Amazon rolled out the Kindle Unlimited program a little over two years ago. While they continue to tweak it and it does have its flaws, I think it will prove to be the most revolutionary step in publishing since the e-book itself, and perhaps since the first paperback was published in 1939 by Pocket Books. They priced them at $0.25 each, at a time when a reader’s choices were $2.50 – $5.00 hardbacks for the wealthy, library books for the literate but less wealthy, the Book of the Month Club, and Reader’s Digest, which surprisingly is still doing fine today. Pocket Books priced the first paperbacks at $0.25 with the expressed intention of bringing affordable books within reach of the masses. Naturally, all of the major publishing houses laughed at them, as they have at nearly every other innovation since the Gutenberg printing press. Their reaction to paperbacks was a precursor to their reaction to e-books. That lack of innovation has always been at the heart of the publishing house’s problems. Within five years, however Pocket Books had sold over 100 million copies, and no one was laughing anymore.
The economics of book prices are interesting. The first Pocket Book paperbacks came out at the end of the Great Depression. A postage stamp cost $0.03, gas cost $0.10 a gallon, and bread was $0.5 a loaf. At $0.25, it was roughly the same as a gallon of milk, or a pound of butter, chicken, or coffee. More importantly, they were priced at about 10% of the cost of a hardback book. That was a lot of money back then, which is why hardback books were mostly found in libraries. According to government statistics, inflation has totaled 1589% since then, which means that 1939 Pocket Book would cost $4.22 in 2016 dollars and that hardback around $42.20.
Think about that for a moment. First, that 10 to 1 spread between hardbacks and paperbacks hasn’t held up over time. The average paperback today is more like twice that and new paperback releases are normally in the $10-14 range. Meanwhile, the average new hardback still manages to stay under $30, so that 10 to 1 spread now is more like 2 or 3 to 1. While a new, big name e-book in the Kindle store comes out at $10 to $14, the price doesn’t stay there for long. After about 6-8 months, they are normally discounted to the $6 to $9 range, still, in a 4 or 5 to 1 spread to the hardbacks, and the average e-book on Kindle costs less than, roughly equivalent to that $0.25 Pocket Book in 1939 dollars. In fact, many readers only buy the Free or $0.99 e-books on the Sale pages, making Kindle the equivalent of the old public library for the frugal among us. One conclusion you can reach from these numbers is that e-books have had a larger effect on hardback book prices than they have had on paperbacks.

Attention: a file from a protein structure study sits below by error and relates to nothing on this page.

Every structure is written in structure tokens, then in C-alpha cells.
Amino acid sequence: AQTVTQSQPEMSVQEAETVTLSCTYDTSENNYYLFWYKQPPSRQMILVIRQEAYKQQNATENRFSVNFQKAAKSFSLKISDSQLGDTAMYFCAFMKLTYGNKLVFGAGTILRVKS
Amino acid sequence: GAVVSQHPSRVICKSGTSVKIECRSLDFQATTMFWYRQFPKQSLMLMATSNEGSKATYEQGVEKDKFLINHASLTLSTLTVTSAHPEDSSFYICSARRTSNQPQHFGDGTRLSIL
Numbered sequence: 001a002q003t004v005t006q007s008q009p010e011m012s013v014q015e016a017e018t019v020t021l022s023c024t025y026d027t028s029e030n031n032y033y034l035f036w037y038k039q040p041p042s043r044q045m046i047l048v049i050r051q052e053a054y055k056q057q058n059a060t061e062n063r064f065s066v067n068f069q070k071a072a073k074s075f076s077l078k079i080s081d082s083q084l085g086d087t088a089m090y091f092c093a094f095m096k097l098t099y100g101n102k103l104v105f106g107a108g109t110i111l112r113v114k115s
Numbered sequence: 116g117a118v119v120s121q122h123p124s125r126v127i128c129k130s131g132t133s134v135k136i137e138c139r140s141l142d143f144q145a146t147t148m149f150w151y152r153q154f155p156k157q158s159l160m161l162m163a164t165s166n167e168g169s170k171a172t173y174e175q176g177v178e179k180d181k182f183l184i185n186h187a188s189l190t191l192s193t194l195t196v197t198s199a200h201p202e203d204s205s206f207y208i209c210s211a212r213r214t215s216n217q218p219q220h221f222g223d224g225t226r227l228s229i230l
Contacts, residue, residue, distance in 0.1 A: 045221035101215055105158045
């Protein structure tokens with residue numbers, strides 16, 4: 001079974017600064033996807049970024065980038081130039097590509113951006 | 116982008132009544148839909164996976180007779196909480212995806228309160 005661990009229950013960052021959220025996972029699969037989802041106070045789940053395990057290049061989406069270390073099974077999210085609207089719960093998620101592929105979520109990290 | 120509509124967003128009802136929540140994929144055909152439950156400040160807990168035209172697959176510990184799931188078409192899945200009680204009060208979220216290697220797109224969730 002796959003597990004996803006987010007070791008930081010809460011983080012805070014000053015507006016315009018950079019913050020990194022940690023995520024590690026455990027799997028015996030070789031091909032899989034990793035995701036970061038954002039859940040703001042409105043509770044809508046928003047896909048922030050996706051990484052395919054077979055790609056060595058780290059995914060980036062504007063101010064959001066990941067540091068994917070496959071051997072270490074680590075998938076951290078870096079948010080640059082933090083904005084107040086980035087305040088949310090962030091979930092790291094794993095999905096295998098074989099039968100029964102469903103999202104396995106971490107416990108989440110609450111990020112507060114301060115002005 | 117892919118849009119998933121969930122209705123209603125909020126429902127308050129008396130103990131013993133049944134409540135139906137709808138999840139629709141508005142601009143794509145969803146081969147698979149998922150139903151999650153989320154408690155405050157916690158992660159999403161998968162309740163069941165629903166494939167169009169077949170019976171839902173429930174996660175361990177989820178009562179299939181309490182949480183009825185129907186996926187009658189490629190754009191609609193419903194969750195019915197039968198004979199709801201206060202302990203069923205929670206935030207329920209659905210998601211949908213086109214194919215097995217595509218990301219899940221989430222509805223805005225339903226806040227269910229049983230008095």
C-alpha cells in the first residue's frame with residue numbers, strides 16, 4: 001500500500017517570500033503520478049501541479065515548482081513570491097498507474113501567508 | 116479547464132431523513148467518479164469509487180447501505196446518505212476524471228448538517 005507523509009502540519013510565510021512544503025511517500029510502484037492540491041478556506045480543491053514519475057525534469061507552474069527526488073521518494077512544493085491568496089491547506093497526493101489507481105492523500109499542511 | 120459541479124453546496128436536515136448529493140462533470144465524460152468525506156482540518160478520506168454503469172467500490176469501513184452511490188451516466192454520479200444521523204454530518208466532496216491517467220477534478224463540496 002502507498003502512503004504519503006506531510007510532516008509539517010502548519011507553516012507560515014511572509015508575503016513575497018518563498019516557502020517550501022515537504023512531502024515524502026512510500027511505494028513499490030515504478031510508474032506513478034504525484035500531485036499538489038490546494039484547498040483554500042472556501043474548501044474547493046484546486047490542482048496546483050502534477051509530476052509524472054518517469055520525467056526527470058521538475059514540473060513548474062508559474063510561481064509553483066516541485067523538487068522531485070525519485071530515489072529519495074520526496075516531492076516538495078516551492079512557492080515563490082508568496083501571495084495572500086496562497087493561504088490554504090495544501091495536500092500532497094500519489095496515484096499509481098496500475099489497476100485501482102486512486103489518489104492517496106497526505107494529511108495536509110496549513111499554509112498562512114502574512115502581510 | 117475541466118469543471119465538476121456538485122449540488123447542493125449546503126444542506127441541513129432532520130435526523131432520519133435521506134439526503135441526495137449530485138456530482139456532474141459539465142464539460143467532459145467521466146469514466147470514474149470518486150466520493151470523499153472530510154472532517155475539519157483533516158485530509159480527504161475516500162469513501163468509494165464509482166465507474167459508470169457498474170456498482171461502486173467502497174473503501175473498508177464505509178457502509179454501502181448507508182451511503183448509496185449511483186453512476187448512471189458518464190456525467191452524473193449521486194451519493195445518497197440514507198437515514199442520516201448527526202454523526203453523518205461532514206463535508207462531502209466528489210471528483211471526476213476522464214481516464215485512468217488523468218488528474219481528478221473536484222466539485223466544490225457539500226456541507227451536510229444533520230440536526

The growth of e-book readership has been phenomenal. Technically, they were first “invented” in the 1930s, but they only reached any level of popular use in the past 20 years, following the introduction of the Sony Reader in 2006, and the first Kindle in 2007. Today, over half of all adults own some type of reader or tablet. More significantly for authors, Amazon now sells 65% of all e-books and 85% of all self-published e-books. In 20 years, the e-book and Kindle have grown to become the twin, 800-pound gorillas in the publishing industry, but their biggest impact may be yet to come.
That comment brings us to the Kindle Unlimited subscription service, which Amazon launched in July, 2014, initially to compete with Scribd and Oyster from HarperCollins and Simon & Schuster. At that time, the three services had similar sized libraries to choose from; but like everything else, Kindle just seems to do it better. Kindle Unlimited’s offerings have now grown to over 1 million books. Scribd and Oyster have grown as well, but none of the three offer their first rank bestsellers as part of their subscription services. If you are a reader however, and go through three books or more a month, at $9.99 per month the Kindle Unlimited subscription service is a no-brainer.
True, the Kindle Unlimited library only includes books that are part of the Kindle Select program and “exclusive” to Kindle, which unfortunately is less than half of of their total library, primarily the better, self-published books. Unfortunately, it does not offer many new releases, books that were brought out by the major publishers, or books from front line authors, except their old ones. Still, for $10/ month, there are a lot of good books available for an avid reader, and Kindle is now experimenting with ways to expand their book availability options to Kindle Prime.
For authors, the question has been whether to go exclusively with Kindle Select and get your books eligible for the Kindle Unlimited program, or stay out and try to market them through the other independent e-book publishers such as Smashwords and others. My writing friends have gone either way depending on how much they dislike or don’t trust Amazon. I understand those feelings, but my writing income has doubled as a result of the Kindle Unlimited “Nominal Pages Read,” and it now provides 60% of my books sale income, so don’t let your suspicions or emotions pick your own pocket. More about that in my next blog piece.
William F. Brown, is the author of 8 action, adventure, suspense novels on Kindle, Kindle Select, and Kindle Unlimited. To read about them or subscribe to the blog, go to my web site, http://box5462.temp.domains/~billbro4